As of 2010, North Carolina houses approximately ten million hogs, most of which are located in the eastern half of the state in industrialized CAFOs or Confined Animal Feeding Operations. This was not the case twenty years ago. The initial horizontal integration and the vertical integration that arose in this industry resulted in numerous issues, including issues of environmental disparity, loss of work, pollution, animal rights, and overall general public health. The most remarkable example of swine CAFO monopoly is found in the United States, where in 2001, 50 producers had control over 70% of total pork production. In 2001, the biggest CAFO had just over 710,000 sows. 
Originally, Murphy Family Farms horizontally integrated the North Carolina system. They laid the groundwork for the industry to be vertically integrated. Today the hog industry in North Carolina is led by Smithfield Foods, which has expanded into both nationwide and international production.
The environmental justice problems in North Carolina's agroindustrialization of swine production seem to stem from the history of the coastal region's economy, which has relied heavily on black and low-income populations to supply the necessary agricultural labor. The industry's shift from family-owned hog farms to factory hogging has contributed to the frequent targeting of these areas.
This swine production and pollution that accompanies factory hogging is concentrated in the parts of North Carolina that have the highest disease rates, the least access to medical care, and the greatest need for positive education and economic development. Since hog production has become consolidated in the coastal region of N.C., the high water tables and low-lying flood plains have increased the risk and impact of hog farm pollution. A swine CAFO is made up of three parts: the hog house, the “lagoon,” and the “spray field.” Waste disposal techniques used by small-scale traditional hog farms, like using waste as fertilizer for commercially viable crops, were adopted and expanded for use by CAFOs. Lagoons are supposed to be protected with an impermeable liner, but some do not work properly. This can cause environmental damage, as seen in 1995 when a lagoon burst in North Carolina. This lagoon released 25 million gallons of noxious sludge into North Carolina’s New River and killed approximately eight to ten million fish.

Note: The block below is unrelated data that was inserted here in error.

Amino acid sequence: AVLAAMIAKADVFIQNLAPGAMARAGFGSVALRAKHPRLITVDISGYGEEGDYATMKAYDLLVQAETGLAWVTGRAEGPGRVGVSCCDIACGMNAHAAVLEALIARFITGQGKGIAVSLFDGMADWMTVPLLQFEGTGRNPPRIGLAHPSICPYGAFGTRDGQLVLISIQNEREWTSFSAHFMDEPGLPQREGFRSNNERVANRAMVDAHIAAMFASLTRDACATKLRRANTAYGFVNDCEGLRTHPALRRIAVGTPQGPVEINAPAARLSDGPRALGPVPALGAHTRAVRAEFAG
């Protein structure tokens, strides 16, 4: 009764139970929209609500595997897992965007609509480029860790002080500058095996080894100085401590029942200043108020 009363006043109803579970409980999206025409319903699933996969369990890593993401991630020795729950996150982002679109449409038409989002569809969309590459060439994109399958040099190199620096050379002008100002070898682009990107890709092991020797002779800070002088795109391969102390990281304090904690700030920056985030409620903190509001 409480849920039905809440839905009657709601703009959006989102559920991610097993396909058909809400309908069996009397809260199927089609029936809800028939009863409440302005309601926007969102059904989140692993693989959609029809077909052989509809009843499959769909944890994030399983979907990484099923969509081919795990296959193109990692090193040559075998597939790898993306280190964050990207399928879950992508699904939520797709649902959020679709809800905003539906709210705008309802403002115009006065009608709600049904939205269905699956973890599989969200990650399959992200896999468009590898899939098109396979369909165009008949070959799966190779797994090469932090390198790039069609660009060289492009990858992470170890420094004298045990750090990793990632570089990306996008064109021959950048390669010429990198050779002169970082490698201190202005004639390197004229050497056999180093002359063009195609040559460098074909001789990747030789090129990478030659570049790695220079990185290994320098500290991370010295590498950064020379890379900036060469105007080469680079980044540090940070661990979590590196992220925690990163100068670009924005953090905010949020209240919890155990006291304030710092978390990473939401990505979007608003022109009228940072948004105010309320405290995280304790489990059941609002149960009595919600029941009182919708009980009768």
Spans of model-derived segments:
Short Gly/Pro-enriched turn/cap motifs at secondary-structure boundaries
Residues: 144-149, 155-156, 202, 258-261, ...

The toxins emitted by the swine CAFOs can produce a variety of symptoms and illnesses ranging from respiratory disorders, headaches, and shortness of breath to hydrogen sulfide poisoning, bronchitis, and asthma. The potential for spray field runoff or lagoon leakage puts nearby residents in danger of contaminated drinking water, which can lead to diseases like samonellosis, giardiasis, Chlamydia, meningitis, crytosporidiosis, worms, and influenza.
ThePigSite.com stated that IceNews reported that in 2009 the number of pigs that arrived at slaughterhouses with injuries incurred by planks and chains increased. IceNews cited a Copenhagen Post report saying that increasing abuse "may be caused by the new system, introduced in 2006, which rewards" the rushed loading of animals onto vehicles. Over 2008 and 2009, the number of pig abuse cases in Denmark had increased fivefold.
Sometimes sow stalls are used to restrict the movement of sows during pregnancy. This practice is prohibited for pigs exported to the UK. However, the method was found on some Danish farms by British celebrity chef Jamie Oliver in a television programme for the UK's Channel 4 in 2009.
According to Scoop, in 2009 the New Zealand pork industry was "dealt a shameful public relations slap-in-the-face after its former celebrity kingpin, Mike King, outed their farming practices as 'brutal,' 'callous' and 'evil'" on a May episode of New Zealand television show Sunday. King condemned the "appalling treatment" of factory farmed pigs. King observed conditions inside a New Zealand piggery, and saw a dead female pig inside a sow stall, lame and crippled pigs and others that could barely stand, pigs either extremely depressed or highly distressed, pigs with scars and injuries, and a lack of clean drinking water and food.
“Sow crate farming should be illegal and we should outlaw it right now. It is absolutely disgusting and I am sorry that I was part of it,” – Mike King, 2009